This Sunday was Pentecost, the day that we remember the coming of the Holy Spirit as the initiator of the movement we now call the Church. Our songs were gathered with this in mind. Below, you’ll find the list of the songs and artists. Clicking the song titles will take you to the lyrics. Below the songs, you can find recordings from Sunday morning of a few of them, and below the recordings, there is an example of one way you might think of these songs in light of this week's theme. If you want to talk about any of these, feel free to comment at the bottom of this page or email me at email@example.com.
Fall Afresh by Jeremy Riddle
Burn It Down by Jameson McGregor
From time to time, we'll post live recordings of the songs from Sunday morning. These recordings aren't what you would call polished--sometimes guitars are out of tune, sometimes the vocals are off--but they are records of moments we've shared together. Here's one from this week.
How They Fit In:
There are many ways to think about the significance of songs and the way they fit together–-this is simply one way you can look at these songs in light of this week’s theme.
Holy, Holy, Holy: We sang this song to begin our time together singing about the particularity of God, as we acknowledge the Spirit as part of the Trinity for the first time in the Christian calendar this year.
How Great Thou Art: We sang this song to focus on our worship of God in three particular realms--God as Creator, God as Savior, and God as Transformational Presence (Spirit). In order to do this, we rewrote the third stanza to read, "O Breath of Life, when I recall the moment//You came down low to dwell within our midst//You tune my eyes to see Your subtle movement//You draw us forth, to all begin again." The structure of this song is essentially three passes at pointing out something about God, and responding with praise, the ever-simple "How great Thou art." When we sing this together, we are simultaneously expressing praise in that moment, and also learning the proper response to coming into contact with the activity of God.
Fall Afresh: We sang this song to engage the Pentecost moment through considering our own need for the presence of the Spirit among us, as we battle against our own complacency regarding our own transformation into people who are more like Jesus.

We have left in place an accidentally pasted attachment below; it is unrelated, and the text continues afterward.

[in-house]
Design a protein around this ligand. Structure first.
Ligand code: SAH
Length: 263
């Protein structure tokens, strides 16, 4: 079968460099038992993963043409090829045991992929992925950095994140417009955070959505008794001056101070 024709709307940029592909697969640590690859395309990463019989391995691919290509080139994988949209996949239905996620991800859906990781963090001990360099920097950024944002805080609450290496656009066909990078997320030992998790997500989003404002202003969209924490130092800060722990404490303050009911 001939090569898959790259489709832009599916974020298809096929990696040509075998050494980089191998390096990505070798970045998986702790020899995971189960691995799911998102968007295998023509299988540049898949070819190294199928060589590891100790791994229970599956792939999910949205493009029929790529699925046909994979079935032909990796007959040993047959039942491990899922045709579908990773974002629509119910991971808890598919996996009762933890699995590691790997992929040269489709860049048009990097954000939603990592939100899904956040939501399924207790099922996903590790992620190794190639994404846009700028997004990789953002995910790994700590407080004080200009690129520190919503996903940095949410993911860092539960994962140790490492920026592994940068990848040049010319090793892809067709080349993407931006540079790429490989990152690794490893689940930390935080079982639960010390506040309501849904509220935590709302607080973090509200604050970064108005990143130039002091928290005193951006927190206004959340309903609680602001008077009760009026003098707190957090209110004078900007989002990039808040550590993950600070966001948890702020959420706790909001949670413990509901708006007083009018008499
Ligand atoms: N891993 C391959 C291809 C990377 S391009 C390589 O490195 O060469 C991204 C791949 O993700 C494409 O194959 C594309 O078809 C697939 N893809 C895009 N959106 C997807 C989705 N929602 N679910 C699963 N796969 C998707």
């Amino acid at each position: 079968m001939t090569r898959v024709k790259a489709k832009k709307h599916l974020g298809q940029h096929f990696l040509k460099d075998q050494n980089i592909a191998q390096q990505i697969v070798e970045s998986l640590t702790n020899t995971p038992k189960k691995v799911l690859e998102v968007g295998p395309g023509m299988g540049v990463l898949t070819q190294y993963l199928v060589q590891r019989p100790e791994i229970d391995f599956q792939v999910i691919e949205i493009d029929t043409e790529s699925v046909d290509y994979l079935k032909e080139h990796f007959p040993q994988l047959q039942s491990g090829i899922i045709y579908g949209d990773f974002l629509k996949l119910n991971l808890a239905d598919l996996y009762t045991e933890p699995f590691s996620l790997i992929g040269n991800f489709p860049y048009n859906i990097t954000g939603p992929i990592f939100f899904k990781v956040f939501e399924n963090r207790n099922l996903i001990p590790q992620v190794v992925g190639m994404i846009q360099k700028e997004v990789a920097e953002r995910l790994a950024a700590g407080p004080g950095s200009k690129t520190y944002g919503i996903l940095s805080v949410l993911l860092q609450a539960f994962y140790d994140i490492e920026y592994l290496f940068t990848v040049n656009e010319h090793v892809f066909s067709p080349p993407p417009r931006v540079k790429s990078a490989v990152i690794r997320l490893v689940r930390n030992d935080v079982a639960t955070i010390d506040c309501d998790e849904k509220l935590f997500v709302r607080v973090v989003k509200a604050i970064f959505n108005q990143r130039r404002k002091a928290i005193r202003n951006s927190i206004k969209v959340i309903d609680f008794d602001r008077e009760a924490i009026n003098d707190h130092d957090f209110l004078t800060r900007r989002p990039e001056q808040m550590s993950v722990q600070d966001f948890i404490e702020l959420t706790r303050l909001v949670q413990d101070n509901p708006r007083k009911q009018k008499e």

Burn It Down: In the book of Acts, as soon as the Spirit comes on the scene, walls begin to fall down. Walls that took the form of communication barriers, government powers, particular understandings of the story of God and the people of God, prejudices the fledgling church had absorbed from their culture, and probably many more. This kind of destructive behavior is also evident in the prophets of the Old Testament. By the power of the Spirit, they were able to speak truth to power--words that amounted to firebombs against the walls that had been built to make the religious feel pious, good, and safe, while simultaneously keeping the poor and cast out from engaging the Hope of God. It is safe to say that the Spirit is in the habit of knocking down walls that would hinder the Gospel and keep Hope from people who need it most. This song is about this "destructive" side of the Spirit, and ultimately petitions the Spirit to fold us in to this rebellion and use us to knock down these walls.
All Creatures of Our God and King: We sang this song to look over our shoulder at last week's songs. This is what we said about All Creatures of Our God and King then: We sang this song to champion Easter hope for all of creation--God did not just do something significant for humanity in the life, death, and resurrection of Jesus. Everything is different now, and the whole of creation is now headed for its own Resurrection.
Doxology: We close our time together each week with this proclamation that God is worthy of praise from every inch of the cosmos.